By: Karen Korabik, Donna Lero, Denise Whitehead
In today's industrialized societies, the majority of parents work fulltime while caring for and raising their children and managing household upkeep, trying to keep a precarious balance of fulfillIng multiple roles as parent, worker, friend, & child. Increasingly demands of the workplace such as early or late hours, travel, commute, relocation, etc. conflict with the needs of being a parent.
At the same time, it is through work that people increasingly define their identity and self- worth, and which provides the opportunity for personal growth, interaction with friends and colleagues, and which provides the income and benefits on which the family subsists. The interface between work and family is an area of increasing research, in terms of understanding stress, job burn out, self- esteem, gender roles, parenting behaviors, and how each facet affects the others. The research in this area has been widely scattered in journals in psychology, family studies, business, sociology, health, and economics, and presented in diverseconferences (e.g., APA, SIOP, Academy of Management). It is difficult for experts in the field to keep up with everything they need to know, with the information dispersed. The Handbook of Work-Family Integration, published in 2008, fills this gap by synthesizing theory, research, policy, and workplace practice/organizational policy issues in one place. The book will be useful as a reference for researchers in the area, as a guide to practitioners and policy makers, and as a resource for teaching inboth undergraduate and graduate courses.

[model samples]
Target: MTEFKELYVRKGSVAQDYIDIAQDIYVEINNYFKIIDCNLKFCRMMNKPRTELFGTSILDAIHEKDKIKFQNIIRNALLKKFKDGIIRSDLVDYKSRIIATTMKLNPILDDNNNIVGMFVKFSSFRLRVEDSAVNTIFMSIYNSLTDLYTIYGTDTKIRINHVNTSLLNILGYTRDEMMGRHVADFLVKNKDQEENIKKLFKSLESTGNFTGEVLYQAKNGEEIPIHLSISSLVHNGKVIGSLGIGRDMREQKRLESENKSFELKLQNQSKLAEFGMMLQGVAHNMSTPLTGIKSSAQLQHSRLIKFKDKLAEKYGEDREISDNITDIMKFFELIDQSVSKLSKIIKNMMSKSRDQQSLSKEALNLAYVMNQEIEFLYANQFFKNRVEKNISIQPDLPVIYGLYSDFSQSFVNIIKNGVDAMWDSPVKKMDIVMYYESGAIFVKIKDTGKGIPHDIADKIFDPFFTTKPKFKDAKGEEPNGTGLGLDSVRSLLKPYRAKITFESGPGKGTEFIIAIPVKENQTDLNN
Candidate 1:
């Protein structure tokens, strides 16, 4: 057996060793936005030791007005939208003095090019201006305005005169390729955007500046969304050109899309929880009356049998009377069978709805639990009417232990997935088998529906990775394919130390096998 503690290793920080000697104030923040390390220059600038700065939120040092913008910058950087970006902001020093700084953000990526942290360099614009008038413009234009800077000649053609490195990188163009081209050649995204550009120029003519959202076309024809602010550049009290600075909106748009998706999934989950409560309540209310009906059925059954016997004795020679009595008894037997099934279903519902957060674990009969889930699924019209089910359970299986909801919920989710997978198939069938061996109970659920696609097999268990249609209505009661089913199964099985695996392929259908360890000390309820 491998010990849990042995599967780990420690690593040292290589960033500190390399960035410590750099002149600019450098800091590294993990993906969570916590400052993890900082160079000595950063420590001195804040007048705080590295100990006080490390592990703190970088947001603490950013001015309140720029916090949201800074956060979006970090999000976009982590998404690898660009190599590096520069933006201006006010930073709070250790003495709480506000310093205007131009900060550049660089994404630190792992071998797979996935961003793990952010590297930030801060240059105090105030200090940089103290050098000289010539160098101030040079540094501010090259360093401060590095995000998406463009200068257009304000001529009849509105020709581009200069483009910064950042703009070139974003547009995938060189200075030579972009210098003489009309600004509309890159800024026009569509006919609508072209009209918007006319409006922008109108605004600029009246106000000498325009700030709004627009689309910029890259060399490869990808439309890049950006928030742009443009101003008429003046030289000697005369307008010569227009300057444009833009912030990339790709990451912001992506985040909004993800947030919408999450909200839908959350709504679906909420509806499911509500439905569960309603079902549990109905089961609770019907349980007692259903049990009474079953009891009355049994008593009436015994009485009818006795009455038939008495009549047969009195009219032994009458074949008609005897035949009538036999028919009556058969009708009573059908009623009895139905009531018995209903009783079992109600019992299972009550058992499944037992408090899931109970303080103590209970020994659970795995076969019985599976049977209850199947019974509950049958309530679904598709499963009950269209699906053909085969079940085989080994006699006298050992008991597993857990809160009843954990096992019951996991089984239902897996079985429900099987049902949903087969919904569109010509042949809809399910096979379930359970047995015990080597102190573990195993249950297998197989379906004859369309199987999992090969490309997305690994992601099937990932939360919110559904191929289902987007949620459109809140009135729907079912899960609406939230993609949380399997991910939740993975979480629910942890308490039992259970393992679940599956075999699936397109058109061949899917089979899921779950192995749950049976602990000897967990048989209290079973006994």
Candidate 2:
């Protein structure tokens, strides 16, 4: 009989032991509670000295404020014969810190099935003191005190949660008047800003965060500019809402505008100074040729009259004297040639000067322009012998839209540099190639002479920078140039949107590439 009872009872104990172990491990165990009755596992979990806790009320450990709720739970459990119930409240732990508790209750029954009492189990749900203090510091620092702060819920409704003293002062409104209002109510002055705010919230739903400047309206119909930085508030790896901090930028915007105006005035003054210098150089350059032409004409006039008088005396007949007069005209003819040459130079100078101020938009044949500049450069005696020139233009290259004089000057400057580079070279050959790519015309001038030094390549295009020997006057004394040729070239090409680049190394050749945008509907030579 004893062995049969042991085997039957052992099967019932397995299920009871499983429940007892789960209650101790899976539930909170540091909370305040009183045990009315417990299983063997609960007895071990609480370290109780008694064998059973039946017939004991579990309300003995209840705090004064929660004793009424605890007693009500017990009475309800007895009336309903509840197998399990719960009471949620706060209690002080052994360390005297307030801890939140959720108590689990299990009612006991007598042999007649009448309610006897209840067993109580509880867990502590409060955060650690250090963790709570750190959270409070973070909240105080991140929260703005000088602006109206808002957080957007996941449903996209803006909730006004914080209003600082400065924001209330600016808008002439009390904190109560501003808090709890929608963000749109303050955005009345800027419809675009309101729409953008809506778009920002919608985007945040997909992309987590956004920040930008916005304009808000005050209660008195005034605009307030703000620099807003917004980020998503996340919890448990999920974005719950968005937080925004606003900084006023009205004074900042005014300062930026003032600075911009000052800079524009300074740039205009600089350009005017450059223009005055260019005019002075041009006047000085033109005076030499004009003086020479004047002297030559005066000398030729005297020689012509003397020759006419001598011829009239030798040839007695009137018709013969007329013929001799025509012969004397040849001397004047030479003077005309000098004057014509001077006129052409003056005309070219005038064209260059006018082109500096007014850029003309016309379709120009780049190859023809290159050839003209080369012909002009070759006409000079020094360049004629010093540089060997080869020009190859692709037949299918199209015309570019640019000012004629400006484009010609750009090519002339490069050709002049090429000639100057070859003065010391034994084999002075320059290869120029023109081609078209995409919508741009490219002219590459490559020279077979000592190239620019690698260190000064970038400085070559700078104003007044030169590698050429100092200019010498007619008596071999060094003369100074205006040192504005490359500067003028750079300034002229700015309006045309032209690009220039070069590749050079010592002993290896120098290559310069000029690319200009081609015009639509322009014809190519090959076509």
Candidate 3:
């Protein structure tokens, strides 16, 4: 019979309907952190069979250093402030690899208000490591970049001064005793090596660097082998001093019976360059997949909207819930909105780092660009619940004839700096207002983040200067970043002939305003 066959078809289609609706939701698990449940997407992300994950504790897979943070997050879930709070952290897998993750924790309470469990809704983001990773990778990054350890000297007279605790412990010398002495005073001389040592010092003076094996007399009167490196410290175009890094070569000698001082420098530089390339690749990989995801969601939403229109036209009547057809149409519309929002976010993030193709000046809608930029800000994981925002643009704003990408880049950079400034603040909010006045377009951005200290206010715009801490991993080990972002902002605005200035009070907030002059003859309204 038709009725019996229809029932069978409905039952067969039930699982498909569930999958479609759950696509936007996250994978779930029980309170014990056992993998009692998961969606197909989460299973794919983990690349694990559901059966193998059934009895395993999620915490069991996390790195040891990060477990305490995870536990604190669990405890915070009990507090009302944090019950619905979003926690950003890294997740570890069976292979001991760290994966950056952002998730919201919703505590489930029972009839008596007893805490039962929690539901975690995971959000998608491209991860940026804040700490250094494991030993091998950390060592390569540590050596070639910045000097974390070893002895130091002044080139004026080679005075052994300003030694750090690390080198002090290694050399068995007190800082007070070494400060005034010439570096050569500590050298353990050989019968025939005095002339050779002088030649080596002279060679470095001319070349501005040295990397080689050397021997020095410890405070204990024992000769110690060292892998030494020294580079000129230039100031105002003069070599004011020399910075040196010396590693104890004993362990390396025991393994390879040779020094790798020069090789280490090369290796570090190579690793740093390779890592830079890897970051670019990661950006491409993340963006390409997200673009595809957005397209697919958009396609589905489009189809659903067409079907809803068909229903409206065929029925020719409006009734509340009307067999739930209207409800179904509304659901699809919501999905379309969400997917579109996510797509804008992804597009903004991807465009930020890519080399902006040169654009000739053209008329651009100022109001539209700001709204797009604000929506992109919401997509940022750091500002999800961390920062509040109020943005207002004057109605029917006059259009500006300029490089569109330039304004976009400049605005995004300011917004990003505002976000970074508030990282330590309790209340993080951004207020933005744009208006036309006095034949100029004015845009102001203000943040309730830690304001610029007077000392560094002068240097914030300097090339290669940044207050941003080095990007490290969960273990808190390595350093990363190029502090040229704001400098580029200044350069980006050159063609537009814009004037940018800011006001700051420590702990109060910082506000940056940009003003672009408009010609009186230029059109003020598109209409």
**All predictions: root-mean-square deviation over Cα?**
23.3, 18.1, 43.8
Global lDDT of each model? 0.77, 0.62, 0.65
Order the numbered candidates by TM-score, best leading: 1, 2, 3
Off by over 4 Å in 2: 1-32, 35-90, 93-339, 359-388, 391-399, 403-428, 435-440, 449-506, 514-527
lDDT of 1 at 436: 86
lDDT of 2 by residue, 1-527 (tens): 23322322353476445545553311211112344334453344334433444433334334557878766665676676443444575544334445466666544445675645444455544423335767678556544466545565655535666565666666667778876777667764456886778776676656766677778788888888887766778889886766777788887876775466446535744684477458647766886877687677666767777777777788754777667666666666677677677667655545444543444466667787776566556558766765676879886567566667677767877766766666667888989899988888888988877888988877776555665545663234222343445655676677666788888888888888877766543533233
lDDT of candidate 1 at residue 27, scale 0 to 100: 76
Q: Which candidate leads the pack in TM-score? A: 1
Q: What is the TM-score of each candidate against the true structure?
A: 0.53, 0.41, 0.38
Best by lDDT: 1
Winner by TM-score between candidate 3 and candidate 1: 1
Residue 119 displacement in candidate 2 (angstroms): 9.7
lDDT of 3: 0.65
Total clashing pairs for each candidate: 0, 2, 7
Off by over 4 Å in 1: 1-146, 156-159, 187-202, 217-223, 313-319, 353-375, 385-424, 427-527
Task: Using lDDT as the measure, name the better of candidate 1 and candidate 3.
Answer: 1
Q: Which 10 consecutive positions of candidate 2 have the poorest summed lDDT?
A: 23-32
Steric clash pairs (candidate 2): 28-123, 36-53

Published by Academic Press. Available in both print and e-book versions. For purchasing information visit the Elsevier online store.